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 Table of Contents  
Year : 2021  |  Volume : 7  |  Issue : 2  |  Page : 135-141

Clinical course and outcomes of heart transplant patients with COVID infection

1 Department of Cardiothoracic and Vascular Surgery, Cardiothoracic Centre, All India Institute of Medical Sciences, New Delhi, India
2 Department of Onco-anesthesia and Palliative Medicine, NCI (Jhajhar), All India Institute of Medical Sciences, New Delhi, India
3 Department of Cardiology, Cardiothoracic Centre, All India Institute of Medical Sciences, New Delhi, India

Date of Submission24-Apr-2021
Date of Decision30-Jun-2021
Date of Acceptance09-Jul-2021
Date of Web Publication31-Aug-2021

Correspondence Address:
Manoj Kumar Sahu
Department of Cardiothoracic and Vascular Surgery, Room No. 5, 7th Floor, Cardiothoracic and Neurosciences Centre, All India Institute of Medical Sciences, New Delhi - 110 029
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Source of Support: None, Conflict of Interest: None

DOI: 10.4103/jpcs.jpcs_24_21

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Objective: The objective is to assess the clinical course and outcomes of heart transplant (HTx) recipients affected by COVID-19 disease in a tertiary care health care institution. Background: Severe acute respiratory syndrome coronavirus 2 (SARS-CoV2) is a contagious illness with alarming morbidity and mortality. The HTx recipients are chronically immunosuppressed and thus COVID-19 infection in them may result in an unpredictable clinical course. Materials and Methods: HTx recipients in a tertiary care transplant center in North India were retrospectively reviewed from January 2020 to January 2021. Case records of 28 patients of HTx were reviewed, and four (14%) were found to have developed Covid-19 infection. Clinical parameters and outcomes of these four HTx recipients with confirmed SARS-CoV-2 infection are described. Results: Fourteen percent of our HTx patients (4 out of 28 patients under follow-up) developed COVID-19 in the first infection wave. The study population consisted of 3 males and 1 female patient with a median age of 28 years (range 15–39). The most common presenting symptoms were fever (100%), myalgia (100%) and cough (75%). There was no mortality observed in this study. None required intensive care admission or mechanical ventilatory support. Three were managed with hospital admission while one was subjected to home isolation. The mean hospital stay was 13.5 days (12–17 days). Immunosuppressants were modified by reducing tacrolimus and mycophenolate, however, corticosteroids were continued. Conclusion: The dose modification rather than discontinuation of immunomodulatory agents should be established as standard of care for transplant recipients. Steroids may provide added benefit and should be continued. The morbidity and mortality in such cases may be lower than anticipated; however, this needs to be substantiated with larger multicentric studies.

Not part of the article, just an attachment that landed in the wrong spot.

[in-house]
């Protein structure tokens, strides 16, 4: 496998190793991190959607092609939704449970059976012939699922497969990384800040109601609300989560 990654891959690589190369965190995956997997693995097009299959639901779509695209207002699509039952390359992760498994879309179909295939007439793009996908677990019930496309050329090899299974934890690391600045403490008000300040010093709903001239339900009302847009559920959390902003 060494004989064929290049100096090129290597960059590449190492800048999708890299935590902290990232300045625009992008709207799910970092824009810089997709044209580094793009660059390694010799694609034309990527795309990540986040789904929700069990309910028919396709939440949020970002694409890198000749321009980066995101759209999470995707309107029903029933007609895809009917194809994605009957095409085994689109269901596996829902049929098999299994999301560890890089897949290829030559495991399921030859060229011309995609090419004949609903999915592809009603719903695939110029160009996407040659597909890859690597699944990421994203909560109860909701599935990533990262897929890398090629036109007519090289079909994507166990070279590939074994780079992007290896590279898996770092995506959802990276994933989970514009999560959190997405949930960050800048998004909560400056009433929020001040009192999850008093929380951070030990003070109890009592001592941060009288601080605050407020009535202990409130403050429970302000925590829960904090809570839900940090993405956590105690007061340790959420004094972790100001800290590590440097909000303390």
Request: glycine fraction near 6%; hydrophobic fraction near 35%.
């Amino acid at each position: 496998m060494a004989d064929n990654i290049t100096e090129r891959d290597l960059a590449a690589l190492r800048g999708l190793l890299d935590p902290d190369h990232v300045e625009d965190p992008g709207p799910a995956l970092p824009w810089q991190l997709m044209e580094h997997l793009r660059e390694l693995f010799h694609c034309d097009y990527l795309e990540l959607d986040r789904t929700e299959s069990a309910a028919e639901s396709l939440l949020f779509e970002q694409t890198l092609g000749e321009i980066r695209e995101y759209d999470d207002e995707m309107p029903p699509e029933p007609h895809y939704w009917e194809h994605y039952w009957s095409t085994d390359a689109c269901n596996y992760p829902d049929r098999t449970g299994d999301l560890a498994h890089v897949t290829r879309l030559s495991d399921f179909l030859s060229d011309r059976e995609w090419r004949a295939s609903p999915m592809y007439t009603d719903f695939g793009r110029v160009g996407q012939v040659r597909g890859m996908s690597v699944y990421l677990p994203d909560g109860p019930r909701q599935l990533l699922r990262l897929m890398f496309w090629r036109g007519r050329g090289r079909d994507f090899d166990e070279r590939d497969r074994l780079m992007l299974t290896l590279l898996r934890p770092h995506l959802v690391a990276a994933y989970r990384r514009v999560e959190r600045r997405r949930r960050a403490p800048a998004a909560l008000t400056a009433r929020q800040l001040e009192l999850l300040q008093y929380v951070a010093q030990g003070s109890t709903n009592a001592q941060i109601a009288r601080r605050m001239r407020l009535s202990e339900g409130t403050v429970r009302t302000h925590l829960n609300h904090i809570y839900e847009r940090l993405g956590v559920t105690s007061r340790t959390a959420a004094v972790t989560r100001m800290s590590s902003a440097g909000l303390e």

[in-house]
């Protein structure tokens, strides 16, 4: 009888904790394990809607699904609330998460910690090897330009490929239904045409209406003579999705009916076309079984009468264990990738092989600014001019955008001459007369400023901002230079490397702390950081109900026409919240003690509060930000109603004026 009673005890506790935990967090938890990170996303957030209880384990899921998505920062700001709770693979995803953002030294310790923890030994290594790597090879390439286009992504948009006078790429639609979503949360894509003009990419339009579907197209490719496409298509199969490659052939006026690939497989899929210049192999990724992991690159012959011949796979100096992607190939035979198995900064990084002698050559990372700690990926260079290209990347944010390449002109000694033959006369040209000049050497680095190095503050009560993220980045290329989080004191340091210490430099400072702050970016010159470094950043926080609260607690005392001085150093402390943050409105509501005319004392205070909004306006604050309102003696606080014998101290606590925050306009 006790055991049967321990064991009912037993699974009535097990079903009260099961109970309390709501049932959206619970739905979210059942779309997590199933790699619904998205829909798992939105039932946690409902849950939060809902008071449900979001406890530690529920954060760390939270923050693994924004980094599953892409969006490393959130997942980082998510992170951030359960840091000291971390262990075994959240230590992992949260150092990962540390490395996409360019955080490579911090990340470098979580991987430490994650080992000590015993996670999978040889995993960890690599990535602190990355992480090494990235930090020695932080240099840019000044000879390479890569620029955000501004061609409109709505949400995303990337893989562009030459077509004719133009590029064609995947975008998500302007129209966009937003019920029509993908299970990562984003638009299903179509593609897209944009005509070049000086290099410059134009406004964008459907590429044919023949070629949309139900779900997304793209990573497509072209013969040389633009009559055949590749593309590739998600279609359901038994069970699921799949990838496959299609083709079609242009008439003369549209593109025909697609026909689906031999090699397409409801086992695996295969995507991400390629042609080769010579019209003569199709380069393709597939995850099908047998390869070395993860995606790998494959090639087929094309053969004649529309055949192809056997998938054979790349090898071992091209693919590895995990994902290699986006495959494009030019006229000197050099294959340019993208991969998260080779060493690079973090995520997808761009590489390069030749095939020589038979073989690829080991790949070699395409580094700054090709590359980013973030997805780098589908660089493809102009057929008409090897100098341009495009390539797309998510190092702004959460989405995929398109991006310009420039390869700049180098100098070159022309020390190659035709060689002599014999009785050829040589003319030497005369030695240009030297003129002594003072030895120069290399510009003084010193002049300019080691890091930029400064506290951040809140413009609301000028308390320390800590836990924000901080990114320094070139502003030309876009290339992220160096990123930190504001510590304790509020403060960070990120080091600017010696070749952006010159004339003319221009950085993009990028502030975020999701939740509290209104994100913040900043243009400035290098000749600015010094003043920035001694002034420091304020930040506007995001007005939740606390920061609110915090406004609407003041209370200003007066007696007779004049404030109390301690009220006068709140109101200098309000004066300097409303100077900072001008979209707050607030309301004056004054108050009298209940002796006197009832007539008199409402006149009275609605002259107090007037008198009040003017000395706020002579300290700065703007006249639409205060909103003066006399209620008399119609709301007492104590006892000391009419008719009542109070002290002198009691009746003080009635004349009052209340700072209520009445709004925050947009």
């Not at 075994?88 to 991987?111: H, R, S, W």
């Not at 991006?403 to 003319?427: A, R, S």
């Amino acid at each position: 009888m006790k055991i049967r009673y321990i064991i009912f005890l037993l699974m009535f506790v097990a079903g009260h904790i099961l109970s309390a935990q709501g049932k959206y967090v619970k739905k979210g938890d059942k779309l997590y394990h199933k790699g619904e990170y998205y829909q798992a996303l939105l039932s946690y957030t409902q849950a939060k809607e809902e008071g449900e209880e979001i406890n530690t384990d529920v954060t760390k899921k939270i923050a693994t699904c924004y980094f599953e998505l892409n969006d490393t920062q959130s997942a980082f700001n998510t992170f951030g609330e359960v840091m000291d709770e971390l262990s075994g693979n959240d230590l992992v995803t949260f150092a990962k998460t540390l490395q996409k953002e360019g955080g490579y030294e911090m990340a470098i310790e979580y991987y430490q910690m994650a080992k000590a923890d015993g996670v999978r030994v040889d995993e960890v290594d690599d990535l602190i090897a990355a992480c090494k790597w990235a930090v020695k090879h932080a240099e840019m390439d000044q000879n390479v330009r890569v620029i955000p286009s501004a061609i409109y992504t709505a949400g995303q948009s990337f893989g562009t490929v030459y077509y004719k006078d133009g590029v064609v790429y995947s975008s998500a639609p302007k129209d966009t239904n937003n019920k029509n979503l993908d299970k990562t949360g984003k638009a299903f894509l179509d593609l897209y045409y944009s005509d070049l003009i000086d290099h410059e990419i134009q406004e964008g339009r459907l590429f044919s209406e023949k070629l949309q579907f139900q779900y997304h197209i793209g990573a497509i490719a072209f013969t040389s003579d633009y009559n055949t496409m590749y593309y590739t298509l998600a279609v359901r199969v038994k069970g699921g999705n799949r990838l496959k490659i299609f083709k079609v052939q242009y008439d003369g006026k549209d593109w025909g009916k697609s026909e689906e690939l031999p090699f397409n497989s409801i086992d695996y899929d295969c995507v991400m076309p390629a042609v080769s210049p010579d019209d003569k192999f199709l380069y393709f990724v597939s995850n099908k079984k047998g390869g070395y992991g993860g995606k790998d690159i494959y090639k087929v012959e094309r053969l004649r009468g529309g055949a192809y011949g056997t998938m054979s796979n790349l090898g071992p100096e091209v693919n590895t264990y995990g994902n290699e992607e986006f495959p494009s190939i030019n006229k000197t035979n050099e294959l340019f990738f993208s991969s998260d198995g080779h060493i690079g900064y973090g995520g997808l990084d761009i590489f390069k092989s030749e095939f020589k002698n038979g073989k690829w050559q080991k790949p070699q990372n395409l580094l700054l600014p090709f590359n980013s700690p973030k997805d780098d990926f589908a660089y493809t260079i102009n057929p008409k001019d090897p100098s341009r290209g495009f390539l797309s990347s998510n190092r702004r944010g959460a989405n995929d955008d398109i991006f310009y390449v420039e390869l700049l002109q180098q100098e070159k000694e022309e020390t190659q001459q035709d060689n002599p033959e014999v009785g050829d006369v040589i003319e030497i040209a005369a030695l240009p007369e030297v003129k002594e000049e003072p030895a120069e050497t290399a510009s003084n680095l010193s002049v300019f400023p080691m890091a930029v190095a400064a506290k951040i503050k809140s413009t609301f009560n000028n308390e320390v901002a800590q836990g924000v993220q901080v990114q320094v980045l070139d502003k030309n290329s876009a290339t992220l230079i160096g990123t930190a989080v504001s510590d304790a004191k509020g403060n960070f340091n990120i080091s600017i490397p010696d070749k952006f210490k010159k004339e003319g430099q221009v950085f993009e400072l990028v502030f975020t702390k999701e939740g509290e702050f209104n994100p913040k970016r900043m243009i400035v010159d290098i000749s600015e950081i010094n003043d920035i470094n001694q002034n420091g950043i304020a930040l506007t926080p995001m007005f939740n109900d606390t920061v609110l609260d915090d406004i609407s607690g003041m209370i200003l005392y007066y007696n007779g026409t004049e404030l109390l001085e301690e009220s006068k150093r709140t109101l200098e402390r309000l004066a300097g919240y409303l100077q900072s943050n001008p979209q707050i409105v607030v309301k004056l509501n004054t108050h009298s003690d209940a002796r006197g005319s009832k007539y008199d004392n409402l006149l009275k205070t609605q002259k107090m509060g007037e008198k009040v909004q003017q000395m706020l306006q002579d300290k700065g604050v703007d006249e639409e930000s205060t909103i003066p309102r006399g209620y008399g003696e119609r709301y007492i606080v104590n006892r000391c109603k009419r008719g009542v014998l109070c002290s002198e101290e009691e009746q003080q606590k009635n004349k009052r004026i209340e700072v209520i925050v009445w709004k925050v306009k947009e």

Keywords: Heart transplant patients, immunosuppressants, intensive care unit admission, severe acute respiratory syndrome coronavirus 2 infection

How to cite this article:
Sahu MK, Yagani S, Vaswani P, Sirohiya P, Singh SP, Hote MP, Seth S. Clinical course and outcomes of heart transplant patients with COVID infection. J Pract Cardiovasc Sci 2021;7:135-41

How to cite this URL:
Sahu MK, Yagani S, Vaswani P, Sirohiya P, Singh SP, Hote MP, Seth S. Clinical course and outcomes of heart transplant patients with COVID infection. J Pract Cardiovasc Sci [serial online] 2021 [cited 2023 Jun 4];7:135-41. Available from: https://www.j-pcs.org/text.asp?2021/7/2/135/325222

  Introduction Top

The severe acute respiratory syndrome coronavirus 2 (SARS-CoV-2) emerged in Wuhan province, China in December 2019 and quickly spanned worldwide in a short span of time.[1] The first SARS-CoV-2 positive case in India was reported in the state of Kerala on January 30th, 2020.[2] Subsequently, the number of cases drastically rose in all parts of the country. The resulting demise of routine health care provision and declining standard of health care provision affected all specialties. This pandemic posed certain specific challenges in the post-transplant patients. The heart transplant (HTx) recipient follow-up has been shaken to its roots without any evidence-based guidelines in managing those afflicted by this virus.